Savvy Student”s Study Skills: Working in Groups
| TBS Staff
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The Savvy Student's Guide to Study Skills—Chapter Six
- Theory v. Reality
- Discussion Groups in Class
- Group Study
- Group Presentations
- The Social Part of Group Work
Theory v. Reality
There are a couple of very good reasons teachers break students into small groups, and they all have to do with learning. There's no official data to back this up, but anyone who's been teaching for a long time will tell you that, if they're lucky, a discussion that includes everyone in the class will involve 4 or 5 people at most. Half of the remaining students will be furiously taking notes on what's being said because they don't want to bother doing the reading (that doesn't work, by the way) while the other half are sneaking messages on the phones the teacher told them to put away at the start of class (and that really doesn't work—we notice.)
Teachers want more students involved in the give-and-take of learning, so they use small groups for these reasons:
- Students are more likely to participate in small group discussions than large group discussions.
- Teachers want to encourage students to be more active in their learning.
- It's easier to meet unique needs of individual students.
- Students can keep better track of their emotional responses to ideas in small groups.
In addition, there is the argument that group work is a growing part of the world of work. If students will have to learn how to work effectively in groups on the job, schools should teach those skills and let students practice them.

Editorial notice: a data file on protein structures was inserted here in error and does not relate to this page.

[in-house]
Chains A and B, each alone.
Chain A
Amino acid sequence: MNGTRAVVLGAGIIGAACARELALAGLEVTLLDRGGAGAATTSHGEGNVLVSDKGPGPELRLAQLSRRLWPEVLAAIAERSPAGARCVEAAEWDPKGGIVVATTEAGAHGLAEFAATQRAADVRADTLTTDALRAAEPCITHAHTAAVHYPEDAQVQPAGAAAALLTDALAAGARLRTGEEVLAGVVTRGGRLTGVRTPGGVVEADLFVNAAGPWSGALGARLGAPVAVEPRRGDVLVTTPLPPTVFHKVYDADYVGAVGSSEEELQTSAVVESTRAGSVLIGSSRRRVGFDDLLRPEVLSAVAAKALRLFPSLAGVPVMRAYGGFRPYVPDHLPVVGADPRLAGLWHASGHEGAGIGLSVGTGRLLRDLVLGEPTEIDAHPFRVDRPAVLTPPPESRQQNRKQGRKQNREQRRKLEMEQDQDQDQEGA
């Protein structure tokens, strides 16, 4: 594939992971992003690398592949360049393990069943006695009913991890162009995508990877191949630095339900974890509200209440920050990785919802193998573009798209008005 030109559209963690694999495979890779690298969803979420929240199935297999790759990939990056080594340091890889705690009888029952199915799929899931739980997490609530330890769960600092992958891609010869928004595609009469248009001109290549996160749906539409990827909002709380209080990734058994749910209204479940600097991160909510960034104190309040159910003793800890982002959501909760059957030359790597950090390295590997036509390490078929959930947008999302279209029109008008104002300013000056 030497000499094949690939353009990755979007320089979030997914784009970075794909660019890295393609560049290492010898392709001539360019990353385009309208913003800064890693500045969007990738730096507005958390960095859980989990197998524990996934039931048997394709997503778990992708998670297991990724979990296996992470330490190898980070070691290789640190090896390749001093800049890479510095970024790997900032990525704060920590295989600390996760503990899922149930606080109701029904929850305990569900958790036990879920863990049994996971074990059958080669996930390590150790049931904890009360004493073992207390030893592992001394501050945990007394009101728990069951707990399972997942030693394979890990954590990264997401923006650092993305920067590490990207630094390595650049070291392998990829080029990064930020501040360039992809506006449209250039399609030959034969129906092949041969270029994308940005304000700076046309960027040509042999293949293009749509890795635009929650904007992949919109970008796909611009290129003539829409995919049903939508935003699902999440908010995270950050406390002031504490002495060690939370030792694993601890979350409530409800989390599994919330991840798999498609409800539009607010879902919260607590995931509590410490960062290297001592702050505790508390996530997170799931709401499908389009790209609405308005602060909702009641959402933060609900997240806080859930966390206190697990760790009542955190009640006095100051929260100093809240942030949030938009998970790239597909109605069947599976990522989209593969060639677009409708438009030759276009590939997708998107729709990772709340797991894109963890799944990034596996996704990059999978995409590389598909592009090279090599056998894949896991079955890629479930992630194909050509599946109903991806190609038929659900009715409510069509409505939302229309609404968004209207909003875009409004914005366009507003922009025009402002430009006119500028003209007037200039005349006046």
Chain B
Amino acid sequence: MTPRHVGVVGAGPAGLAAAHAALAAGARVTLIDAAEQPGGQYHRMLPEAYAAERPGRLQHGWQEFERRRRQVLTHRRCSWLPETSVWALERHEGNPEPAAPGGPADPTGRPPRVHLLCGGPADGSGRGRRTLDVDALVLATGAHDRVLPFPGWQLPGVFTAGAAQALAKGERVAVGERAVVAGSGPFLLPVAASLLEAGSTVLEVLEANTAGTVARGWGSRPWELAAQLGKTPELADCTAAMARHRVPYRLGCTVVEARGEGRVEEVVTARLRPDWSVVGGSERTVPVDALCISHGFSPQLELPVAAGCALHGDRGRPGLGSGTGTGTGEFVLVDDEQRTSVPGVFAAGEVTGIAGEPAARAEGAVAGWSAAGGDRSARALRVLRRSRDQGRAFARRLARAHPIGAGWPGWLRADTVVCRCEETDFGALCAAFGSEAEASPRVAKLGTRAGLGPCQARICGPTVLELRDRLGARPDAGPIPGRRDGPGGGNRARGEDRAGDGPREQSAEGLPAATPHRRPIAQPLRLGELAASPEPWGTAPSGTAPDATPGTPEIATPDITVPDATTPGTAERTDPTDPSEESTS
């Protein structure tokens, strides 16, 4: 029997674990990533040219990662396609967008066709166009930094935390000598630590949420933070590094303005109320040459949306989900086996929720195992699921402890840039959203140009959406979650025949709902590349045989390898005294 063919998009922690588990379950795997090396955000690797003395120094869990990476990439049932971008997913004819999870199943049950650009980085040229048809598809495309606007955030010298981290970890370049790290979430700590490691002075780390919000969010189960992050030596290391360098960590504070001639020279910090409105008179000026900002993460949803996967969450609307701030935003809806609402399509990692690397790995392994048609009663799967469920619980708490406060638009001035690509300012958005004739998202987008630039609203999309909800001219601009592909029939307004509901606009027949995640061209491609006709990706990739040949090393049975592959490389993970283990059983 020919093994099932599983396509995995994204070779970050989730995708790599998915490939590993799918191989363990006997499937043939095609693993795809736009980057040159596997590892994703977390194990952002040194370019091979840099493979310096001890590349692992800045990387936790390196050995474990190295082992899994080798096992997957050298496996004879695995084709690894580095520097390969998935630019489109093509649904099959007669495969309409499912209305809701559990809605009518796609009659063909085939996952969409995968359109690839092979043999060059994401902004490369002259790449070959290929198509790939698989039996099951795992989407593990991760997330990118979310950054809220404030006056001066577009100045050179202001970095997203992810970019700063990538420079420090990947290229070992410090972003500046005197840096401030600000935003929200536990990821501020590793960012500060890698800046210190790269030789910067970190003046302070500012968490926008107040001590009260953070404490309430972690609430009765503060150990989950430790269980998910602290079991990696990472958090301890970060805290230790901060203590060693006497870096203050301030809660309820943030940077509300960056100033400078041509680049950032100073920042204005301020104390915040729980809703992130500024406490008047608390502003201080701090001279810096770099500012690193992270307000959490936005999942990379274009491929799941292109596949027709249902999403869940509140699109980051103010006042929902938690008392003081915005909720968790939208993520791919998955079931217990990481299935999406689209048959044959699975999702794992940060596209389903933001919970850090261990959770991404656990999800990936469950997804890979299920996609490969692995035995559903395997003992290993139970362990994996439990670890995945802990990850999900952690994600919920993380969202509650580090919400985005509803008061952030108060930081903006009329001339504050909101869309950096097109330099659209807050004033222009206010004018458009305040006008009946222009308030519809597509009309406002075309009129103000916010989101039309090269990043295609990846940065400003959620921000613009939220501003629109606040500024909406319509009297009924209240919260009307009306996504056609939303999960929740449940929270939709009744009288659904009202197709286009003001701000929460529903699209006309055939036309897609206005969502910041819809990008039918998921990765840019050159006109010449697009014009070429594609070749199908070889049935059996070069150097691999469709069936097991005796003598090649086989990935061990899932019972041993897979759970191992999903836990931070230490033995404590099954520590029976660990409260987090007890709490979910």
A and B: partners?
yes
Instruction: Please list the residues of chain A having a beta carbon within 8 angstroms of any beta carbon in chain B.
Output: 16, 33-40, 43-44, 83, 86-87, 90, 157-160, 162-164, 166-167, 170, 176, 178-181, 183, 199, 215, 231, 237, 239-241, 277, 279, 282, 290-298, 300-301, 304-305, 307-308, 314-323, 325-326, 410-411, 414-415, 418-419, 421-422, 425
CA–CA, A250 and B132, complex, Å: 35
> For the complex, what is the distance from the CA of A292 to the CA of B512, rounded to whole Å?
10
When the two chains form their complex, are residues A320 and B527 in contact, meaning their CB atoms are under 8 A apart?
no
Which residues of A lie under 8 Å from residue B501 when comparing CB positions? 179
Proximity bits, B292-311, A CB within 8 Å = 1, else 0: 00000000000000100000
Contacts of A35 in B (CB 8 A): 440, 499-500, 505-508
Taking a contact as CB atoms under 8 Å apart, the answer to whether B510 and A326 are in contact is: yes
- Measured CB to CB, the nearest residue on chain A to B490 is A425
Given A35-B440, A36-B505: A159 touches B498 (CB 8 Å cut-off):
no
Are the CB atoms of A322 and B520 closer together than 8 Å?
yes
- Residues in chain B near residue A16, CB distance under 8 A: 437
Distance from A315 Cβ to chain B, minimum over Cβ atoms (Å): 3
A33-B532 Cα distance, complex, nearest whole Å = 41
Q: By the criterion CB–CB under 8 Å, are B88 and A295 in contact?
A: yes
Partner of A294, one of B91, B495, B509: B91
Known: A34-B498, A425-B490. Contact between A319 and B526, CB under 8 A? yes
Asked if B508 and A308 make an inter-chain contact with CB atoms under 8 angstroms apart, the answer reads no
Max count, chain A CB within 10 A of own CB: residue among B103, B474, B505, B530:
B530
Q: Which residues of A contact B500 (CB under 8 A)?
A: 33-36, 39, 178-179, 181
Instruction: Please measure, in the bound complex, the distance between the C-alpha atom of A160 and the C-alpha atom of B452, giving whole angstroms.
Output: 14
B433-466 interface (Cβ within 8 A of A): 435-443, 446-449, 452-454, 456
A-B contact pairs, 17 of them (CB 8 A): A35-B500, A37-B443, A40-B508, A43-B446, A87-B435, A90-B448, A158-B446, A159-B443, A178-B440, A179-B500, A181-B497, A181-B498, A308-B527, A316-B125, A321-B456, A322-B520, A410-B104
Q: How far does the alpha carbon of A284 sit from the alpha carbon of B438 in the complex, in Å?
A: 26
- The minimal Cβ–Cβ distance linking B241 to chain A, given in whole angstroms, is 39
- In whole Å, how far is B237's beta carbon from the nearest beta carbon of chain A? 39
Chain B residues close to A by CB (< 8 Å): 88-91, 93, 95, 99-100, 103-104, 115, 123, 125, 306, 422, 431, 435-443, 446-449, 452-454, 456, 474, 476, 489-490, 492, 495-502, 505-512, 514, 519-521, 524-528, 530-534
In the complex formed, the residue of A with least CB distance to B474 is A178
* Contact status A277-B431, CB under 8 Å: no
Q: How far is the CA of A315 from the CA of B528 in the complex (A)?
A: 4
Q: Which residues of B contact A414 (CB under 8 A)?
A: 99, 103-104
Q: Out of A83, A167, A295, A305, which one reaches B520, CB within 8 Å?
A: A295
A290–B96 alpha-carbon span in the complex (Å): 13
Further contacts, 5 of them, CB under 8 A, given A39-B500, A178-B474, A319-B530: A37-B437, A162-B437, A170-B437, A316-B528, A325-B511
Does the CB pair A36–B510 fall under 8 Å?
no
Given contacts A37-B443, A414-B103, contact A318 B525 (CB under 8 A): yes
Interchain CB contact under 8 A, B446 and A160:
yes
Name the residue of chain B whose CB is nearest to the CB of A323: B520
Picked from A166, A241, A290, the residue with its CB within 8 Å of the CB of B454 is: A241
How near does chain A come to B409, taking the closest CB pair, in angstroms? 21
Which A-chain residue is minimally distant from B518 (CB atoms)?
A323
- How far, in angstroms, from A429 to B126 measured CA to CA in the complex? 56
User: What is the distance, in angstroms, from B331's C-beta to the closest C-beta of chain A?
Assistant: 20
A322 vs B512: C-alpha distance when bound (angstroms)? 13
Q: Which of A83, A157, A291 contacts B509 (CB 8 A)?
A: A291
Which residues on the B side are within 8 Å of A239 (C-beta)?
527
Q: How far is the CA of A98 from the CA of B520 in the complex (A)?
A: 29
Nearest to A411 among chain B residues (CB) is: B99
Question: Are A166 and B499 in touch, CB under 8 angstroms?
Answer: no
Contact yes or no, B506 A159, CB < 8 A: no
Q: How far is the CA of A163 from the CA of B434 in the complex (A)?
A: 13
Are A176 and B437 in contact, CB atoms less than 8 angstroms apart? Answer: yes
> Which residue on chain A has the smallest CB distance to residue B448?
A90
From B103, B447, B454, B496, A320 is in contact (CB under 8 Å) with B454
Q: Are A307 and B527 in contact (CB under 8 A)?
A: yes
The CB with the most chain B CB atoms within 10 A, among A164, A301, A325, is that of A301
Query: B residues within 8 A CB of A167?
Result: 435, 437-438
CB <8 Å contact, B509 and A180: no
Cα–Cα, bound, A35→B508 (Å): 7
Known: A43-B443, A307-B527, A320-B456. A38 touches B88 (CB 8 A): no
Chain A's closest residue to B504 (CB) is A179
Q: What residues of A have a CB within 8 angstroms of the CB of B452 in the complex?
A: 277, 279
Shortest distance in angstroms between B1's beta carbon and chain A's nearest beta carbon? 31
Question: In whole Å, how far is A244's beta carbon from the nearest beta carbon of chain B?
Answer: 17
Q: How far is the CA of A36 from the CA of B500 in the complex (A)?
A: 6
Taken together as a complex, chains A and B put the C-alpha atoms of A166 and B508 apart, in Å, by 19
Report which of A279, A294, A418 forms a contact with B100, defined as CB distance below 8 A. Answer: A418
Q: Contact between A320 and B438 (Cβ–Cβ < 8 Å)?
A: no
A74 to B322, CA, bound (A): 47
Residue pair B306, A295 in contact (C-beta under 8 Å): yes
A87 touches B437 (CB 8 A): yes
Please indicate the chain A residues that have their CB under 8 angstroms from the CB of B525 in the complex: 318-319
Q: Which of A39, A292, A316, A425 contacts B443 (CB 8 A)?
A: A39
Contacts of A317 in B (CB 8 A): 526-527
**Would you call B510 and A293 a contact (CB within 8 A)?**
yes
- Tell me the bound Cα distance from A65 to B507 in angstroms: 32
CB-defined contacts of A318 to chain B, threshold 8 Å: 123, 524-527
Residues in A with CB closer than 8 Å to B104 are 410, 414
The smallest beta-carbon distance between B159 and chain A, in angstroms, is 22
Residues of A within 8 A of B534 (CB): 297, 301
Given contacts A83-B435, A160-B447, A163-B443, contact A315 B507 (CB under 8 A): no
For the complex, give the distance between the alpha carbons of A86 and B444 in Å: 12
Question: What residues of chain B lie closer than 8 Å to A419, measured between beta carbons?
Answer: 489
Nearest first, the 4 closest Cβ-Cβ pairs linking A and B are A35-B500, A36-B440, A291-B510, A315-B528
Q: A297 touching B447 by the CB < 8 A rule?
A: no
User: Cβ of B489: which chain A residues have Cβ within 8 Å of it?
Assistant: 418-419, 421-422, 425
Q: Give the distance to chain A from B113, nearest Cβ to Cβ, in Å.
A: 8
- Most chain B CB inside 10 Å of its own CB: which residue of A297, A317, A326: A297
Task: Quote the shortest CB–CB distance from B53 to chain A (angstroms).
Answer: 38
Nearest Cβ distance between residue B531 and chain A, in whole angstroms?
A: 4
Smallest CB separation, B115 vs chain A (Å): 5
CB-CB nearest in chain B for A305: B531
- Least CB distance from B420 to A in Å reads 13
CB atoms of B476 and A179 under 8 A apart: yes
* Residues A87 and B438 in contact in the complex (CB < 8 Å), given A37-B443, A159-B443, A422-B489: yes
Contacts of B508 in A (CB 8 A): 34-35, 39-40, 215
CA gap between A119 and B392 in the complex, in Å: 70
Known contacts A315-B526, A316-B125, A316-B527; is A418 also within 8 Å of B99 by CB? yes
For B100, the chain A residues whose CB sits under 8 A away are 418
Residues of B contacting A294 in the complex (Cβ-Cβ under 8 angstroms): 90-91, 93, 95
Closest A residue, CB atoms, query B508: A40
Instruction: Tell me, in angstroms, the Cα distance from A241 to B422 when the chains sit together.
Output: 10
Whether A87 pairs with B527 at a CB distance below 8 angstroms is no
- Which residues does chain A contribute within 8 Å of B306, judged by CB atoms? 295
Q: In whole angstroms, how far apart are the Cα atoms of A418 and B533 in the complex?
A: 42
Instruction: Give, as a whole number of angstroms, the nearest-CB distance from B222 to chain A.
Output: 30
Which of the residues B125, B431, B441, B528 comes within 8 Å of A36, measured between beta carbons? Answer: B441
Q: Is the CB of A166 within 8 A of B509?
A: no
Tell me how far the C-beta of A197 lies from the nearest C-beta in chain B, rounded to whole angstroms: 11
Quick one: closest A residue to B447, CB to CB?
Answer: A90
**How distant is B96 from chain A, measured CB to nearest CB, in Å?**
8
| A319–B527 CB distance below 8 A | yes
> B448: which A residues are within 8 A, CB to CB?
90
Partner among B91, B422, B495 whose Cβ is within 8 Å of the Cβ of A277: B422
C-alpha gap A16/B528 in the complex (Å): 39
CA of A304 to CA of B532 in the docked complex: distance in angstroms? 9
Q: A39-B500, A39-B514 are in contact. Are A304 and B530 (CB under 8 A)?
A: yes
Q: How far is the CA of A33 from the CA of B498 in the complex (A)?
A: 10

Any student who's worked in a small group knows that, while teachers may mean well, most groups don't really serve these purposes. Instead, small groups tend to reflect what goes on in large group discussions, where a couple (or just 1) student tries to keep the discussion going, half of the small group is taking notes to avoid doing homework, and the other half is texting, or talking about something that has nothing to do with class.
You can't always control participating in a small group at school, so what strategies can you use to make the most out of the group experience? We'll discuss this based on the three most common uses of groups in school.
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Discussion Groups in Class
The best way to approach any group situation is to think about it like a study period—the best chance of making it productive is to think about what you want to get done at the beginning of the discussion. Most teachers who use small groups make this clear in the instructions they give as they are breaking you into small groups, but if time permits, it's a good idea to review the goal with everyone in the group once the teacher says “OK. Go!”
Makeup of the Group
It's important to consider who's in your group, and how the groups are made up. If the groups are totally random, there's a good chance you haven't worked with at least one member of the group before. That can make it hard to figure out how to support their full participation in the group—do you have someone who's interested in learning the material, or is this someone who's going to try and get everyone involved in—well, something else.
On the other hand, this could also be a problem if the teacher lets the students form their own groups. The plus here is that you're more likely to know the work habits and interests of the people you pick. On the other hand, you may be friends with someone whose interest in learning isn't as strong as yours, which leaves you with the same problem.